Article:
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​An F-22A Raptor, which was deployed from the 95th Fighter Squadron at Tyndall AFB, Fla., sits on the flightline at Mihail Kogalniceanu AB, Romania, April 25, 2016. Air Force photo by TSgt. Ryan Crane.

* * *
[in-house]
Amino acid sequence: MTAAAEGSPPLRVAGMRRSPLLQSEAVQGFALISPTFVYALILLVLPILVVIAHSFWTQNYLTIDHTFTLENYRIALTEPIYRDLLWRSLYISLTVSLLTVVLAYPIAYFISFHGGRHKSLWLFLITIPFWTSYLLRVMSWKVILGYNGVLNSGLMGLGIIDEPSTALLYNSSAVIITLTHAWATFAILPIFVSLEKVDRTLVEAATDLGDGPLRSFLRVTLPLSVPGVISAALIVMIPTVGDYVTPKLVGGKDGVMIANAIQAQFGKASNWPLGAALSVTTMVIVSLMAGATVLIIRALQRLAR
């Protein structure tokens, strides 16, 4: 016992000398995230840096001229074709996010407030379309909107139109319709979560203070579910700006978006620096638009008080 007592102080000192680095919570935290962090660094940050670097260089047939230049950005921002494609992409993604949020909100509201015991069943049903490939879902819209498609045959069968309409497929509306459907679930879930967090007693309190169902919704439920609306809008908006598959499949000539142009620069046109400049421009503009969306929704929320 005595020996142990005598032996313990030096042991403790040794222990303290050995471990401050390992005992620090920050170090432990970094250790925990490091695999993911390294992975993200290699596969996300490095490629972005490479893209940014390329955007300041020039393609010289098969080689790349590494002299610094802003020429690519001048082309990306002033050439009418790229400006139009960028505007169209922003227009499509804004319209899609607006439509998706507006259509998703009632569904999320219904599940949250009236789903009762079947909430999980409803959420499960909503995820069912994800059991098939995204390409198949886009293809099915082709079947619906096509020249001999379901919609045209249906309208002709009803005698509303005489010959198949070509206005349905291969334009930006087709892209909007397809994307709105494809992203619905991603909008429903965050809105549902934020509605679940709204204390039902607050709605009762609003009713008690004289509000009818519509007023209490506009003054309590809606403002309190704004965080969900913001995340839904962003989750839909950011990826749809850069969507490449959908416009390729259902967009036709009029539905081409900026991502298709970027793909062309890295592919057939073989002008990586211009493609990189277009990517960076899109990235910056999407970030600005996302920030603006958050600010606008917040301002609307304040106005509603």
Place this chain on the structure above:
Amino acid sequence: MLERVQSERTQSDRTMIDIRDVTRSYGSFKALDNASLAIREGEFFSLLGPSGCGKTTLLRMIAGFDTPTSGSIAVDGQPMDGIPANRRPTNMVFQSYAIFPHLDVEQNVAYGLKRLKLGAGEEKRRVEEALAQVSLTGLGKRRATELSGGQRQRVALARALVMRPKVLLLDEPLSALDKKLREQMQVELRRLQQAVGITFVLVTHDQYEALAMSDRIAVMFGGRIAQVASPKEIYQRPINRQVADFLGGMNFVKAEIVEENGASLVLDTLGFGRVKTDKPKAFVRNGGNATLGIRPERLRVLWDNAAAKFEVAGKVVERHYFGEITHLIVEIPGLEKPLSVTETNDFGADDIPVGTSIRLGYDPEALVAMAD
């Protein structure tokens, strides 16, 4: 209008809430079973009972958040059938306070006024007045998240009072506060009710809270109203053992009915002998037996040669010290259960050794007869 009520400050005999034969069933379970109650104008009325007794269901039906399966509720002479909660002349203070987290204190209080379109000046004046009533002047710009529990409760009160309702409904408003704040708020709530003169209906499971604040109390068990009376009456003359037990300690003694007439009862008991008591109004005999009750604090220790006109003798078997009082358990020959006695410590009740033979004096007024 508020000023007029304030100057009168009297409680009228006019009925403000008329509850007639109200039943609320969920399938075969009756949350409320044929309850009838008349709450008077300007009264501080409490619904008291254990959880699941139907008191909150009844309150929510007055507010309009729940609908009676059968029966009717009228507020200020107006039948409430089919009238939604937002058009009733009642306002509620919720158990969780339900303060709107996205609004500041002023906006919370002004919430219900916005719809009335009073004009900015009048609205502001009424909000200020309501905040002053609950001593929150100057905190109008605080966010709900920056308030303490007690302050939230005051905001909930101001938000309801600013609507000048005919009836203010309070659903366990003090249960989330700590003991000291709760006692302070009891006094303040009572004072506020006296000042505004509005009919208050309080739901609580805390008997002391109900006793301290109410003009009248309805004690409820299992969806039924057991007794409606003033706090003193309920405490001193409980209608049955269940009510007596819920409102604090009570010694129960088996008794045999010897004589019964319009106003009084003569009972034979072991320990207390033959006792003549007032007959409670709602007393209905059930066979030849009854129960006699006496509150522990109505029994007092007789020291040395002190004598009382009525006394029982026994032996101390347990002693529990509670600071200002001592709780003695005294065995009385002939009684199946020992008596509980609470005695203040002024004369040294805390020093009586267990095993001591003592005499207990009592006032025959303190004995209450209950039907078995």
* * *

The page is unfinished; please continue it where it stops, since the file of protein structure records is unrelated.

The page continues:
​Restarting production of the F-22 isn’t “a wild idea,” Chief of Staff Gen. Mark Welsh said Thursday. Answering questions at an AFA-sponsored, Air Force breakfast, Welsh said the F-22 has proven itself to be “everything everyone hoped it would be,” and in light of the recent Air Dominance 2030 study, more F-22s might be a better option than starting a “sixth generation fighter” program within the needed timeframe. Congress has asked for costs and “pros and cons” of an F-22 restart, and the service is updating its numbers accordingly, but doesn’t have answers yet, Welsh said. However, any major add will have “ripple effects” on the whole USAF program, he said. “We think it’s cost-prohibitive,” to restart the F-22 line, Welsh asserted, but there “needs to be this discussion” about how USAF will address its looming fighter shortage. The solution “isn’t always going to be an airplane,” he said. The service is looking at autonomous armed fighter escorts, arsenal planes, and swarming UAVs as other ways to address the fighter shortage. Welsh said the 2030 study did a good job of assessing the situation and offering options. (See also: With the Raptors Over Syria from the February 2015 issue of Air Force Magazine.)